Speaker: Meredith Fowlie, Associate Professor, UC Berkeley
Host: Energy Graduate Group
Time: 10:30am to 11:50am
Location: 1605 Tilia Street, West Village, UC Davis
Watch via Zoom
Abstract: Renewable energy deployment is broadly viewed as a lynchpin of California’s climate change mitigation efforts. Over the past 15 years, California has seen a significant increase in the share of electricity generated by wind and solar energy. These technology investments have been primarily policy- versus market-driven. This talk will consider some lessons learned from this policy experimentation, focusing on two challenges in particular. One stems from the fact that GHG policies are not harmonized across the states that participate in an increasingly integrated regional electricity market. If GHG emissions reductions in California's power sector are offset by resource shuffling or emissions "leakage" to neighboring states, this can undermine the effectiveness of our state policies. A related set of challenges concerns the incidence of these policies. Policy design decisions that determine who ultimately pays for climate change mitigation can have both distributional and efficiency implications.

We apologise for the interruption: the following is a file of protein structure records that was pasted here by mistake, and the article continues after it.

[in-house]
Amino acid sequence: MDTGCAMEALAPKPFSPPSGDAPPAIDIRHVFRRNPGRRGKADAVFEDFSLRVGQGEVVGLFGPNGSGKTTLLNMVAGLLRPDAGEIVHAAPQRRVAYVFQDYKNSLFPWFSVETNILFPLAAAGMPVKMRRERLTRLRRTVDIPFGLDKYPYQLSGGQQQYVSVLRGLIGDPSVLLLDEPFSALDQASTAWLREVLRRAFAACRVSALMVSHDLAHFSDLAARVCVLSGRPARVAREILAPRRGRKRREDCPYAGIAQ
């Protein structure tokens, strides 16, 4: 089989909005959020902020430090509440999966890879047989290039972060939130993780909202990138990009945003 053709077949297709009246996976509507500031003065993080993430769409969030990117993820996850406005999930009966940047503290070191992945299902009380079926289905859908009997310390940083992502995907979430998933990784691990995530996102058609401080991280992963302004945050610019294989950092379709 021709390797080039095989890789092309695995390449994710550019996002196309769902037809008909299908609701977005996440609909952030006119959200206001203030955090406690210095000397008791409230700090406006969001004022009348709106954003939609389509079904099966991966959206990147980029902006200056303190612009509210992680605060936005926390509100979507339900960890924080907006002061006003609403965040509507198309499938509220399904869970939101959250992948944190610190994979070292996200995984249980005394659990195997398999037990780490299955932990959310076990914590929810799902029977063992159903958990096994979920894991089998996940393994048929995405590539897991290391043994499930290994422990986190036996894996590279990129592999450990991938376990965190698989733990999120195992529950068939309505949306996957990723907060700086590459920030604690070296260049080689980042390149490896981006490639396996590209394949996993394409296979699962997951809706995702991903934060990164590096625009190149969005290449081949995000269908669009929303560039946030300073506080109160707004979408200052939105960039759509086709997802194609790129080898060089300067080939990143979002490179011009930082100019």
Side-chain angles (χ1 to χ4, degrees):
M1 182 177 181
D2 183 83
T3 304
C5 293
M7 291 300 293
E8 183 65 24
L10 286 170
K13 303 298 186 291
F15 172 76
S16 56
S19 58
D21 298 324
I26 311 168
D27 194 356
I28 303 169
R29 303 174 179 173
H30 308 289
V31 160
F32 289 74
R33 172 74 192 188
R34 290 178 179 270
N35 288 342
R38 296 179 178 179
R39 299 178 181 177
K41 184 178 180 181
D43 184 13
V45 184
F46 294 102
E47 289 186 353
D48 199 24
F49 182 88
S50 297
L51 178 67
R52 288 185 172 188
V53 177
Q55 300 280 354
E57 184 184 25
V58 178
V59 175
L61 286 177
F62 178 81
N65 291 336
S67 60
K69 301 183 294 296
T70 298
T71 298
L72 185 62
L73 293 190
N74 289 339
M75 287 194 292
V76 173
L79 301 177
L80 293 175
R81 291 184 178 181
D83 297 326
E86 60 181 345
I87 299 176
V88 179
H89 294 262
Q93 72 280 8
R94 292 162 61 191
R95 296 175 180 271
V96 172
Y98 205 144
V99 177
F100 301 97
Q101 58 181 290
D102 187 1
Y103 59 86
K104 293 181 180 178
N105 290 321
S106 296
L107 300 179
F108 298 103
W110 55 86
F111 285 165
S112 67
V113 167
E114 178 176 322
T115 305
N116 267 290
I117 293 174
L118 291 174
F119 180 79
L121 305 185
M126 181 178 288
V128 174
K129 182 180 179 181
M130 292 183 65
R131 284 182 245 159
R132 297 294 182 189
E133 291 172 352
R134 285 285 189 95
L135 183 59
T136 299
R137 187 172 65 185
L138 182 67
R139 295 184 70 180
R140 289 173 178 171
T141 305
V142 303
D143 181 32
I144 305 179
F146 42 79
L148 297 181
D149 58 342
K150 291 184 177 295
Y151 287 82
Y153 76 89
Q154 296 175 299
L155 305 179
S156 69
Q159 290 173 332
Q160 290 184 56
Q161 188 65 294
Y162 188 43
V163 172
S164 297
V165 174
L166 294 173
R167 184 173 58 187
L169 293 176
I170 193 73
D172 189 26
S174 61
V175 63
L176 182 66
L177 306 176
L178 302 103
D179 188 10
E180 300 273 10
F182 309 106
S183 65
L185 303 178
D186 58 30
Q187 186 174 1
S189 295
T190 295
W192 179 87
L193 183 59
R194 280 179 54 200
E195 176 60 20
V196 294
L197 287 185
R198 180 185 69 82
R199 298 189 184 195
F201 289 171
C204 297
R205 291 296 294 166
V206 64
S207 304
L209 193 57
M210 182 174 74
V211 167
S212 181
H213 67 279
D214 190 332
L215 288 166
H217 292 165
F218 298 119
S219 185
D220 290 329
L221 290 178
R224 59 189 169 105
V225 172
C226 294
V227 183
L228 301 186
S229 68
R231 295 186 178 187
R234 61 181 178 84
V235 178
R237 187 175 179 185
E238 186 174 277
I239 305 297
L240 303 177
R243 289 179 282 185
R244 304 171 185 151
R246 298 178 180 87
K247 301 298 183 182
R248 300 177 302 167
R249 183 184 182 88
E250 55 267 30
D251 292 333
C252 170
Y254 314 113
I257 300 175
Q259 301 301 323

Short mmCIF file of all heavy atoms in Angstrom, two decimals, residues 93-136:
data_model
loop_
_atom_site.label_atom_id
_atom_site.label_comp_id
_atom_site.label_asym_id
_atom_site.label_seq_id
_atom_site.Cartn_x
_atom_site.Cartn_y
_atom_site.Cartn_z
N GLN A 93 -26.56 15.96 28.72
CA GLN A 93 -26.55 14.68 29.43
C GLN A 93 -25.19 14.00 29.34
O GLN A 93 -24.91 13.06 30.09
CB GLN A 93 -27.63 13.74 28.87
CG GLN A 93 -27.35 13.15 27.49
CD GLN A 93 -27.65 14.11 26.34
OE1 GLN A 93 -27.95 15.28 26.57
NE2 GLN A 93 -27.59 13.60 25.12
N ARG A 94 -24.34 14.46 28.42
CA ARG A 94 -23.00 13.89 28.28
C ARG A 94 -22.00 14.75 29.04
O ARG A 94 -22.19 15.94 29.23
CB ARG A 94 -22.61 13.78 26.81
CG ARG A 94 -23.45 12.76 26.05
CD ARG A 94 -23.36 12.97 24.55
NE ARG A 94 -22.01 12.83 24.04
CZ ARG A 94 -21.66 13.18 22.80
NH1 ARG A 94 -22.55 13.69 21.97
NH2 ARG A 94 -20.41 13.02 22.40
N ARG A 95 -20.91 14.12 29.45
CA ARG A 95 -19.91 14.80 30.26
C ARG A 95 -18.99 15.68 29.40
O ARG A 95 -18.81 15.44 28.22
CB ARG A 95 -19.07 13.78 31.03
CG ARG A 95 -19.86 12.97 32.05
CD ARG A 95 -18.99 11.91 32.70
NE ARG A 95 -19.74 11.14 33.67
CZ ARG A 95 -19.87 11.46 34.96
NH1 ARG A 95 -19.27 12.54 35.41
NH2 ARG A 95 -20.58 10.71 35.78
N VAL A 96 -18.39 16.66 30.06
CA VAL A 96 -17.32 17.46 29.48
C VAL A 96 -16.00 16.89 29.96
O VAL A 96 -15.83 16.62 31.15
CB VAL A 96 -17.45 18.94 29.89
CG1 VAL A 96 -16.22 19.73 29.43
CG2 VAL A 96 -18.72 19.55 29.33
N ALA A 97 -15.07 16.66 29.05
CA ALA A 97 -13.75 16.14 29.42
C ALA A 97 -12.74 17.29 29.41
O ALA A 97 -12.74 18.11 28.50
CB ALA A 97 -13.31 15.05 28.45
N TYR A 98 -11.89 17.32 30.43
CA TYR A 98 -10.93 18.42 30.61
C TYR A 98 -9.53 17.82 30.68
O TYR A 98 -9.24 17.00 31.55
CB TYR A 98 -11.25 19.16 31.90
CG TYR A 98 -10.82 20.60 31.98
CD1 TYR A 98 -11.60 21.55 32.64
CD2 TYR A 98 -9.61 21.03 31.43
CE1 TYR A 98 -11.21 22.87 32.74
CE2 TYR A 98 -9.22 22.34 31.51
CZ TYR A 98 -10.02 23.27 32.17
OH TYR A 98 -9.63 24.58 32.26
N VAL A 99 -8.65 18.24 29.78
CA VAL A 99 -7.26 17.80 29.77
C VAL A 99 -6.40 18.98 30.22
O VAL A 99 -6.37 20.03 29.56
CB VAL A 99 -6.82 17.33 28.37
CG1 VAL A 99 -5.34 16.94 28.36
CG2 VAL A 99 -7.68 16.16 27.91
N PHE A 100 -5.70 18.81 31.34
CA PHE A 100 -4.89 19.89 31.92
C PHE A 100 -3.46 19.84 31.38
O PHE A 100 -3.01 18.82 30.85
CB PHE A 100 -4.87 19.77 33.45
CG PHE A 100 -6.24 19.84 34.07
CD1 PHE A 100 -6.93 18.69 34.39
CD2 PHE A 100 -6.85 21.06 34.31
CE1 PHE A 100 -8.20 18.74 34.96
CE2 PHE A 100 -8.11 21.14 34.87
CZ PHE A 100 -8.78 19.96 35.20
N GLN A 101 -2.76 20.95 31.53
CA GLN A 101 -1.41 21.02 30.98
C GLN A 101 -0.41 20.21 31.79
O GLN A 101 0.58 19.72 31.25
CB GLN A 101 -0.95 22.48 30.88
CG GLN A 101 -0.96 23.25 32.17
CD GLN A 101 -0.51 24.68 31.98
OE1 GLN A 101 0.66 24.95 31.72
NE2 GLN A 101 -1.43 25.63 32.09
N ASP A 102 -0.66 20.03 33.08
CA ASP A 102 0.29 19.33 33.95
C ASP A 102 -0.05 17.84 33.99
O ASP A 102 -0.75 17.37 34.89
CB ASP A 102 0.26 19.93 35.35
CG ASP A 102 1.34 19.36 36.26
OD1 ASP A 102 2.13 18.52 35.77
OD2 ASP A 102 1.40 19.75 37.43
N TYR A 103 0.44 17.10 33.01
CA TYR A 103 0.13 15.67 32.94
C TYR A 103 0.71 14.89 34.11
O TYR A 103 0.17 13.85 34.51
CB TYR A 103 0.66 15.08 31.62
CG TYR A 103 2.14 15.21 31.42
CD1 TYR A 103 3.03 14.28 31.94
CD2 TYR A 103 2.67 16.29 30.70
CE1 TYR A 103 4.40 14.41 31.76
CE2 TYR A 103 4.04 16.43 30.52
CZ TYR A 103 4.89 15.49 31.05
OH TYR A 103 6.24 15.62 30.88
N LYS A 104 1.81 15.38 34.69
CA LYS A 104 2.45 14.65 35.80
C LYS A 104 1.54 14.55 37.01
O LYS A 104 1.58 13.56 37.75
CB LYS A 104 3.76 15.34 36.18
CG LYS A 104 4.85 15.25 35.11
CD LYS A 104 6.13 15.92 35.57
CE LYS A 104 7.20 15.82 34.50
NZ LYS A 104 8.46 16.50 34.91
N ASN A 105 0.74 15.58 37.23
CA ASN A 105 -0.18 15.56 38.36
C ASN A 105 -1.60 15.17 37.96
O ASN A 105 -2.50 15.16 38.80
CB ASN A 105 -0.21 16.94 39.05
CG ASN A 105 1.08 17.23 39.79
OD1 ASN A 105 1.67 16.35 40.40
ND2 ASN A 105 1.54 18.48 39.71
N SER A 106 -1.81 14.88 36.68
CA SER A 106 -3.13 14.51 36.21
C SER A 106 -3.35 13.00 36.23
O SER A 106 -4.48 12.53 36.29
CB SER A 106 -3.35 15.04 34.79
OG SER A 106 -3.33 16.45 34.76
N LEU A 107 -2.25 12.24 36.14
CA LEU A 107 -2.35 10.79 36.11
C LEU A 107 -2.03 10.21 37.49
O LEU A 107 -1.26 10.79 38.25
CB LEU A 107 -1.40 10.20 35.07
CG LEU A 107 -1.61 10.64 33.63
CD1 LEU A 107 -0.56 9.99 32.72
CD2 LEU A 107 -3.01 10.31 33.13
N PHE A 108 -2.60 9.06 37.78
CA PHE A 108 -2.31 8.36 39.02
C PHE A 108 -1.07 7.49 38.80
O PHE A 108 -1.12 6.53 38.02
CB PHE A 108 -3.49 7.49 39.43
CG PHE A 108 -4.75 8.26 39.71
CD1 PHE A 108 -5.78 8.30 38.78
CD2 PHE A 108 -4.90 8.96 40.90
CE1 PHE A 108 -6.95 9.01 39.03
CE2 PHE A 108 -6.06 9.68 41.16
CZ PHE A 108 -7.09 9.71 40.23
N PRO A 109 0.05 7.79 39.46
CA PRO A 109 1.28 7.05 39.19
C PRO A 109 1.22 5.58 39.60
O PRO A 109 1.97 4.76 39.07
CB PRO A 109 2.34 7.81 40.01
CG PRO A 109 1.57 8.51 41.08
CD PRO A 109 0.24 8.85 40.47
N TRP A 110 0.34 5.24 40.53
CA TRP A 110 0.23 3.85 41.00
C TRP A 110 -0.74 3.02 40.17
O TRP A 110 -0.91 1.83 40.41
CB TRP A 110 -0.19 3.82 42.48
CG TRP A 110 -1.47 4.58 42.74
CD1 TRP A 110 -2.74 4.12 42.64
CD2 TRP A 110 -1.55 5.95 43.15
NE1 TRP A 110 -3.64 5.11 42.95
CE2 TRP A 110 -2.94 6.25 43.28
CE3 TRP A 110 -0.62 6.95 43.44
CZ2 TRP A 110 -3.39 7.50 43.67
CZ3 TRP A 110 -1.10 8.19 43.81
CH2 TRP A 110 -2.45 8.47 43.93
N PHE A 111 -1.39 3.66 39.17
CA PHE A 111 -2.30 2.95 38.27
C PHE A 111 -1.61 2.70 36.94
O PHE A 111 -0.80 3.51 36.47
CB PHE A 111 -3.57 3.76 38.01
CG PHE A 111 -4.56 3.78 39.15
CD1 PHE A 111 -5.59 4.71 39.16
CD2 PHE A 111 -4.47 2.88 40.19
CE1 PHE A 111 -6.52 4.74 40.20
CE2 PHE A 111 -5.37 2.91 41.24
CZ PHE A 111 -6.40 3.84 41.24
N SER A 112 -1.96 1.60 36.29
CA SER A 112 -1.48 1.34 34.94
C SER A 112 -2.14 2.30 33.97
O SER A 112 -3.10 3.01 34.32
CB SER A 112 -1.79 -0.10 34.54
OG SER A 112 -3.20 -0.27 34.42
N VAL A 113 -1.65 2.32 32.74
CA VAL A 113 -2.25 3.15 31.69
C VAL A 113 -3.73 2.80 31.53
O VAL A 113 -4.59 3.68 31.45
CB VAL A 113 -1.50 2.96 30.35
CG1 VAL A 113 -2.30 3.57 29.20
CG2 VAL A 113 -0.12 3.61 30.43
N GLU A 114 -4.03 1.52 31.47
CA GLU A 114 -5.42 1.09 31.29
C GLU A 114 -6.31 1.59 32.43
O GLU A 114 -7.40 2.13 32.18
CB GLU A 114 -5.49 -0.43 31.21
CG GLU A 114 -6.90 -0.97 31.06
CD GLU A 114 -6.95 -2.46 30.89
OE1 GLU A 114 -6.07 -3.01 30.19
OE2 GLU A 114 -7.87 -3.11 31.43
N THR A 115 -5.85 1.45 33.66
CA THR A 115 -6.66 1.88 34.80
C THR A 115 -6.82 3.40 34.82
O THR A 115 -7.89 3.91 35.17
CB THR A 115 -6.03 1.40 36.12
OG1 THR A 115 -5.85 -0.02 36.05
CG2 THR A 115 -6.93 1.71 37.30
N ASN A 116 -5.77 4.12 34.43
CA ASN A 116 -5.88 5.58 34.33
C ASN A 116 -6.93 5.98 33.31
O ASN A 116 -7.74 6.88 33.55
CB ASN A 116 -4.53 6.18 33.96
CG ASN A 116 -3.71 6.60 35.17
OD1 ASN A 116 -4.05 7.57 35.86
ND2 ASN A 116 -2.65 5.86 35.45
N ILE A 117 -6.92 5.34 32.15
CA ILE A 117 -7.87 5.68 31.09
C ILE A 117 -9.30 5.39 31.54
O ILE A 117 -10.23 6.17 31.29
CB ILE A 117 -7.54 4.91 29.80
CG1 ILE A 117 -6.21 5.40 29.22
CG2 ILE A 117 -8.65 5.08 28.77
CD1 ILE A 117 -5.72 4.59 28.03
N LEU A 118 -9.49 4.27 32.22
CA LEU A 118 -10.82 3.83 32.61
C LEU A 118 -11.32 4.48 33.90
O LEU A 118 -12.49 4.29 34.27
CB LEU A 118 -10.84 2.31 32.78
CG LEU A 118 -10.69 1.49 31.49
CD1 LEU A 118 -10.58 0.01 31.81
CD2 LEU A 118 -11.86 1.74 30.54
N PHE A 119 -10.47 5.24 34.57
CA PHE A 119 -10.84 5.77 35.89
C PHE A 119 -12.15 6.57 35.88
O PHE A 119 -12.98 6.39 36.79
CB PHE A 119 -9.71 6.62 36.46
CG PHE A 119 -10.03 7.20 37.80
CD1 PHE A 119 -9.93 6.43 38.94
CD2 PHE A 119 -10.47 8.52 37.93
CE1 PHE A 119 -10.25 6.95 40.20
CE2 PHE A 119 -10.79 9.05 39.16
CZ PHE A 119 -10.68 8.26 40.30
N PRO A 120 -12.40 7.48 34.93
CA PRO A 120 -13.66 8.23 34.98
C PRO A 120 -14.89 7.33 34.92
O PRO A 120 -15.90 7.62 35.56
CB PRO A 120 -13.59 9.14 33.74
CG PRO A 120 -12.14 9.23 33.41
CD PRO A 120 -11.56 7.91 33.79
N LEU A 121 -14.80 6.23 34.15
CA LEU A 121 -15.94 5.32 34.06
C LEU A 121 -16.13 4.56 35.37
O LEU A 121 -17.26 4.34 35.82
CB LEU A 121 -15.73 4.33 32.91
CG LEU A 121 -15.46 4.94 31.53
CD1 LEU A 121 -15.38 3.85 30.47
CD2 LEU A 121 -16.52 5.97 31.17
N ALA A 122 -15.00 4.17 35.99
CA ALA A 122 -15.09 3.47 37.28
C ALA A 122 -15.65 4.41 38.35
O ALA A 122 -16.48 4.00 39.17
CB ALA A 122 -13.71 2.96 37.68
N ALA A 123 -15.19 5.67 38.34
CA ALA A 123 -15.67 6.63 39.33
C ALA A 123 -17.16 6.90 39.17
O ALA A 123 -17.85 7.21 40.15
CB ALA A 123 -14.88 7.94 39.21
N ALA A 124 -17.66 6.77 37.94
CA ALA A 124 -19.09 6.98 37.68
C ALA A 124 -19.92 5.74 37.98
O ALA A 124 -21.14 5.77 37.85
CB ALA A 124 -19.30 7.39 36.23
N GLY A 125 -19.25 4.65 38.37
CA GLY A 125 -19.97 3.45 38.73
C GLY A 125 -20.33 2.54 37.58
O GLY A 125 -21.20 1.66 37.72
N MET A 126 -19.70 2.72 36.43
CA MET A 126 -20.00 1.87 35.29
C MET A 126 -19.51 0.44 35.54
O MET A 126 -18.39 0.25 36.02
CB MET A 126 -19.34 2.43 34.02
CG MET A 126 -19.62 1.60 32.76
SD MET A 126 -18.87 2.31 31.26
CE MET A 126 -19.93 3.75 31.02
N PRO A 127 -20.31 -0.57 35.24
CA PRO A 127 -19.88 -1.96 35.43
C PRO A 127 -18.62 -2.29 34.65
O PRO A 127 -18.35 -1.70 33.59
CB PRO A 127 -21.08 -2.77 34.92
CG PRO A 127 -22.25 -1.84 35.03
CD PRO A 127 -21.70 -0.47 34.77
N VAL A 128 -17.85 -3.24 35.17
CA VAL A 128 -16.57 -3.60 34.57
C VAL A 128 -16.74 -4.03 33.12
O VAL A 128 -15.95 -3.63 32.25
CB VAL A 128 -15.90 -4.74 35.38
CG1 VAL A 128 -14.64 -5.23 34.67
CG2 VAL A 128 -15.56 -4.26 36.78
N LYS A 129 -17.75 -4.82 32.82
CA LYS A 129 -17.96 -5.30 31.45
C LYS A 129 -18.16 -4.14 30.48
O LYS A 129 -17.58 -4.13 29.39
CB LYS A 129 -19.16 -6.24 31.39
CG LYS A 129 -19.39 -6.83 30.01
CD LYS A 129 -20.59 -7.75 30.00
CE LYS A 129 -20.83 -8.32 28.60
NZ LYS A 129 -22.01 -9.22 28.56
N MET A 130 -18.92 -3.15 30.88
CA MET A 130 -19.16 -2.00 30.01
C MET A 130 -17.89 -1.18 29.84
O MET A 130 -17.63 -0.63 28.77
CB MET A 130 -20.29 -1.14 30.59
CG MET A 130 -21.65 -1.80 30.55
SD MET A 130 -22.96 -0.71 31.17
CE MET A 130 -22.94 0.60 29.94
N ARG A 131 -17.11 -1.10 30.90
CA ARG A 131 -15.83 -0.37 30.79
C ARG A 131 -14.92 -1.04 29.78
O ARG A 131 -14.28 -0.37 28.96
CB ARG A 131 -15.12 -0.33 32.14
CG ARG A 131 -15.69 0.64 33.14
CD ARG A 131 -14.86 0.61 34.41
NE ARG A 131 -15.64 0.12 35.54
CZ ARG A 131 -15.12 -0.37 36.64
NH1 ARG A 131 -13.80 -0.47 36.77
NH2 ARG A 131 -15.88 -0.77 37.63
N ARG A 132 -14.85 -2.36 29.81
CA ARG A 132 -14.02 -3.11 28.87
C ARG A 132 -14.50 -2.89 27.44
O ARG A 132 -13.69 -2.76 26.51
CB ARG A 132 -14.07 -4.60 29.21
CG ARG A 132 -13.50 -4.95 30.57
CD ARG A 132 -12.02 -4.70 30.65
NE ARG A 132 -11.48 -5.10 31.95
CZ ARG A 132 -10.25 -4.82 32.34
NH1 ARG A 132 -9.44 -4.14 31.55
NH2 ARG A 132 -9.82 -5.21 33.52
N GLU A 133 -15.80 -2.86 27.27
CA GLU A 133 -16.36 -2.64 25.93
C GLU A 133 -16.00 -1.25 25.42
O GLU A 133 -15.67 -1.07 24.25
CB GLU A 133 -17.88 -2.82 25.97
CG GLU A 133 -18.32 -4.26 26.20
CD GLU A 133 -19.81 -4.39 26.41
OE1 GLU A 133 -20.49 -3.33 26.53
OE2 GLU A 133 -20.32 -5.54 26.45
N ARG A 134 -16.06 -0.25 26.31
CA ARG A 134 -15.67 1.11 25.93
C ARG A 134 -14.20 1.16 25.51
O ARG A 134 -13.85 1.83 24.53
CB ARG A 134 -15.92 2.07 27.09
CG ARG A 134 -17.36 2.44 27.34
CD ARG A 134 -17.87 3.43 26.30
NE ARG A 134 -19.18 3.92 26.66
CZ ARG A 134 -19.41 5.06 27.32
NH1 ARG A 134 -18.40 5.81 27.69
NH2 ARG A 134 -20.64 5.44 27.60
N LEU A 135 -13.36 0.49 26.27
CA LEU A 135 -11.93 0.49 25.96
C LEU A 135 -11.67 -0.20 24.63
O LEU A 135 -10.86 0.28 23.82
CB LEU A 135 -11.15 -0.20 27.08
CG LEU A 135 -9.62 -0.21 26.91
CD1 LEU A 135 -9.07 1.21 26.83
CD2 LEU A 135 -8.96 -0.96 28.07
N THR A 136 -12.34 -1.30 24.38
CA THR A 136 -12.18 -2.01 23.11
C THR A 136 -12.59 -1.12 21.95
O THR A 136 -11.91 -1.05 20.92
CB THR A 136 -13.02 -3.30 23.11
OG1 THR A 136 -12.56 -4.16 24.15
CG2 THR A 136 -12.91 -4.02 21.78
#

Bio: Meredith Fowlie holds the Class of 1935 Endowed Chair in Energy at UC Berkeley. She is an Associate Professor in the Agriculture and Resource Economics department, an affiliated faculty of the Energy and Resources Group, a research affiliate at the Energy Institute at Haas, and Research Associate at the National Bureau of Economic Research in the Energy and Environmental Economics group. Fowlie has worked extensively on the economics of energy markets and the environment. Her research investigates real-world applications of market-based environmental regulations, the economics of energy efficiency, the demand-side of energy markets, energy use in emerging economies. Her work has appeared in The American Economic Review, the Journal of Political Economy, The Review of Economics and Statistics, and other academic journals. She received a PhD in Agricultural and Resource Economics from UC Berkeley in 2006, an M.Sc. from Cornell in 2000, and a B.Sc. from Cornell in 1997. Before joining the faculty at UC Berkeley she was an Assistant Professor of Economics and Public Policy at the University of Michigan.